"My father bought one of the chaff cutting businesses in Waimate in 1919. I joined him with it when I was 15 years old along with my brothers Walter junior, Harold and Baden.
"We used to travel around the district towing huts behind a traction engine and staying overnight in the fields using this accommodation.
"The hours were long working from daybreak to dusk and we would get home for the weekends only."
Six men and a cook made up the chaff cutting gang with five of them on the cutter and one on the traction engine, Mr Hawkins said.
"Two men forked sheaves from the stacks and turned it to one man acting as feeder into the rollers which pressed it. Another two men stood at the spouts filling two bags each minute and they also sewed them up before stacking them.
"I've seen 50 bags of good quality chaff cut in 17 minutes. The men could only cut 50 bags before they had to stop and change the cutter knives.
"It was a drawn-out business as the traction engine travelled at only six miles an hour and a lot of time was lost getting from one place to another.
Walter died in 1924 and we brothers continued with the business without changing to a motorised chaff cutter until 1939."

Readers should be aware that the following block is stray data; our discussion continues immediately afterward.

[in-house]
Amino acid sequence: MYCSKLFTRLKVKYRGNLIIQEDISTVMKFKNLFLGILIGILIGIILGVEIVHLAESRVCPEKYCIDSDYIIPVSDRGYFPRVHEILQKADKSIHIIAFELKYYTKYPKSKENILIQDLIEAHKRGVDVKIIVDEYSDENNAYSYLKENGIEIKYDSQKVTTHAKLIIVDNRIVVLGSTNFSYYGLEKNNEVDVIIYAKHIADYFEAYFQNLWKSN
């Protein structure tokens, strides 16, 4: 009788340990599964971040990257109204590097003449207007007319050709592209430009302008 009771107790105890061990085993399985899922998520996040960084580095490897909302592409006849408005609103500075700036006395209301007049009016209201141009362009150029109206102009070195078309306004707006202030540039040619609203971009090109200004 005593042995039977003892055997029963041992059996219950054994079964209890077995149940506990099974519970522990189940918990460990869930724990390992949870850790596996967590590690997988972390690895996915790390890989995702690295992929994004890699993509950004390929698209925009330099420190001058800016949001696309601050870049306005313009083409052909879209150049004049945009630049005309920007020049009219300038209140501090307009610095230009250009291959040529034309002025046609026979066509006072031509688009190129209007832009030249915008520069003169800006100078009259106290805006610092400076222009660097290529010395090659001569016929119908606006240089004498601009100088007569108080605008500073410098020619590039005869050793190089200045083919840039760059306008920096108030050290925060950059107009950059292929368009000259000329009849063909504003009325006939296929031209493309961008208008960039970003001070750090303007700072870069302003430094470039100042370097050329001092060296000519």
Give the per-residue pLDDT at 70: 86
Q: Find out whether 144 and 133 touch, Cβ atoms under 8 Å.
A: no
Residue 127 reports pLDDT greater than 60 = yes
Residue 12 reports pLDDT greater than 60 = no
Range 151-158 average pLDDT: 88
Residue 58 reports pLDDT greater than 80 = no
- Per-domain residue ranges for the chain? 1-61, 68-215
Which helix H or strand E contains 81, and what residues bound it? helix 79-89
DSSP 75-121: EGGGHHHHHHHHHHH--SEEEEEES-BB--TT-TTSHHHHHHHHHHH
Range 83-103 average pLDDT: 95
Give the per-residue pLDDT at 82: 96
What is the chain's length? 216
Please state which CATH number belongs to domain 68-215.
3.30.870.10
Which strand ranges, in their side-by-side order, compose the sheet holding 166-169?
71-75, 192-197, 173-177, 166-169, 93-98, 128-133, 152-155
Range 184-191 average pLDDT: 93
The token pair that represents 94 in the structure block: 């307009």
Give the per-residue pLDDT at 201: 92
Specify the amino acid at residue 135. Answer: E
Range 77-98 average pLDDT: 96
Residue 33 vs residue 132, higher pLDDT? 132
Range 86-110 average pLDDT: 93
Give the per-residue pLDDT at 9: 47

In that year Harold took over his mother's threshing mill business and Walter junior had moved onto a farm in 1927, Mr Hawkins said.
"Baden and I continued with the chaff-cutting business and my mother bought out the only other competing chaff cutting plant in the area. By 1927 I had married Olive Johns and our daughter, Mrs Kura Pinnell, has four children and we have four great-grandchildren.
"In 1922 a bag of chaff cost sevenpence and it went up to sevenpence half-penny a bag as late as 1945. We were employing seven men so it is no wonder that we never made much money."
1943 was the best chaff cutting year for the Hawkins brothers with 120,000 bags cut and much of it sent to the chaff-deficient North Island, Mr Hawkins said.
"Business was brisk between February and November each year and in December and January we concentrated our efforts on the mobile saw bench and other odd jobs. In April 1945 Baden and I sold the business to Harold.
"The number of bags was dropping each year after 1943 and we could see it was a dying trade. Horses began to be replaced more and more by tractors so the demand for their chaff feed dwindled."
Ernie and Baden continued with their raspberry and strawberry growing on two separate properties with Baden's on Oxford Street. Some of the land Mr Hawkins used was leased from the Catholic Church and he also worked as a carpenter for other builders, he said.
"I retired from most of the work in 1970 and Olive and I look forward to our 57th wedding anniversary in October this year.
Sawmillers
The Hawkins family sawmilling at Pinewood Farm near Waimate in 1908. Walter Hawkins is the second man from the right, his brother, Tom, is sitting behind him and his oldest son, Walter junior, is second from the left. Other family members in the picture are; Jess[left], Dick [fourth from the left], Alf [fifth from the left] and Jack on the right.